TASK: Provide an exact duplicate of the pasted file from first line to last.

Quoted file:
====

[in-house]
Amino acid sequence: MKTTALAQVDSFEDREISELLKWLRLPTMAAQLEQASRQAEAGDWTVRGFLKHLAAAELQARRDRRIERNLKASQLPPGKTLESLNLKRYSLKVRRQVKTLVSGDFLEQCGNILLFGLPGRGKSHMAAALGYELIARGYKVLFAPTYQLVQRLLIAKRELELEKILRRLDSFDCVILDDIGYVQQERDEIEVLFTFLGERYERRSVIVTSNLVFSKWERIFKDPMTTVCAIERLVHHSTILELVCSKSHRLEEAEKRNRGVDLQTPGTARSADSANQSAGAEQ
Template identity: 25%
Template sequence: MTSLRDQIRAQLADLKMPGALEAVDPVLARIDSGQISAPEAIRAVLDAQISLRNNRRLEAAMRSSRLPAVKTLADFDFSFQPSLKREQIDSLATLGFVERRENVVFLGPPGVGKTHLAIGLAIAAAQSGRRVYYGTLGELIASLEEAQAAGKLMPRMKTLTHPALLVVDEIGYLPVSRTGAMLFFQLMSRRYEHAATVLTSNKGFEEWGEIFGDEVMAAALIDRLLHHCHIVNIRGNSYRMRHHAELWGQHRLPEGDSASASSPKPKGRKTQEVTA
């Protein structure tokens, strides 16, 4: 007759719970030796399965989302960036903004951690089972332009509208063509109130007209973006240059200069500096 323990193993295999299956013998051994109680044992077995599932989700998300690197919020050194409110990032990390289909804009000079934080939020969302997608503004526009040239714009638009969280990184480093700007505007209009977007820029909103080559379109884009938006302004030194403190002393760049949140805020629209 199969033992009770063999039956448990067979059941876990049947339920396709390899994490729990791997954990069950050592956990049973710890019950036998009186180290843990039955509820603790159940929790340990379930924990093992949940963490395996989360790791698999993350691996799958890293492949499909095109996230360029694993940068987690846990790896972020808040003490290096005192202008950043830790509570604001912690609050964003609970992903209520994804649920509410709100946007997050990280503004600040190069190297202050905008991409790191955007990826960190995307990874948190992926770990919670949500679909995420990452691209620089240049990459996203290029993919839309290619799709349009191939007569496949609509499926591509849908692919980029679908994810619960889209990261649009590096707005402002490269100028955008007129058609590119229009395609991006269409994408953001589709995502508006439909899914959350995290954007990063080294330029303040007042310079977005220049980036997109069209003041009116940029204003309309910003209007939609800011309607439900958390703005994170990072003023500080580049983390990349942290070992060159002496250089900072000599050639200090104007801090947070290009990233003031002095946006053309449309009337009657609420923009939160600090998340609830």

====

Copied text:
[in-house]
Amino acid sequence: MKTTALAQVDSFEDREISELLKWLRLPTMAAQLEQASRQAEAGDWTVRGFLKHLAAAELQARRDRRIERNLKASQLPPGKTLESLNLKRYSLKVRRQVKTLVSGDFLEQCGNILLFGLPGRGKSHMAAALGYELIARGYKVLFAPTYQLVQRLLIAKRELELEKILRRLDSFDCVILDDIGYVQQERDEIEVLFTFLGERYERRSVIVTSNLVFSKWERIFKDPMTTVCAIERLVHHSTILELVCSKSHRLEEAEKRNRGVDLQTPGTARSADSANQSAGAEQ
Template identity: 25%
Template sequence: MTSLRDQIRAQLADLKMPGALEAVDPVLARIDSGQISAPEAIRAVLDAQISLRNNRRLEAAMRSSRLPAVKTLADFDFSFQPSLKREQIDSLATLGFVERRENVVFLGPPGVGKTHLAIGLAIAAAQSGRRVYYGTLGELIASLEEAQAAGKLMPRMKTLTHPALLVVDEIGYLPVSRTGAMLFFQLMSRRYEHAATVLTSNKGFEEWGEIFGDEVMAAALIDRLLHHCHIVNIRGNSYRMRHHAELWGQHRLPEGDSASASSPKPKGRKTQEVTA
């Protein structure tokens, strides 16, 4: 007759719970030796399965989302960036903004951690089972332009509208063509109130007209973006240059200069500096 323990193993295999299956013998051994109680044992077995599932989700998300690197919020050194409110990032990390289909804009000079934080939020969302997608503004526009040239714009638009969280990184480093700007505007209009977007820029909103080559379109884009938006302004030194403190002393760049949140805020629209 199969033992009770063999039956448990067979059941876990049947339920396709390899994490729990791997954990069950050592956990049973710890019950036998009186180290843990039955509820603790159940929790340990379930924990093992949940963490395996989360790791698999993350691996799958890293492949499909095109996230360029694993940068987690846990790896972020808040003490290096005192202008950043830790509570604001912690609050964003609970992903209520994804649920509410709100946007997050990280503004600040190069190297202050905008991409790191955007990826960190995307990874948190992926770990919670949500679909995420990452691209620089240049990459996203290029993919839309290619799709349009191939007569496949609509499926591509849908692919980029679908994810619960889209990261649009590096707005402002490269100028955008007129058609590119229009395609991006269409994408953001589709995502508006439909899914959350995290954007990063080294330029303040007042310079977005220049980036997109069209003041009116940029204003309309910003209007939609800011309607439900958390703005994170990072003023500080580049983390990349942290070992060159002496250089900072000599050639200090104007801090947070290009990233003031002095946006053309449309009337009657609420923009939160600090998340609830």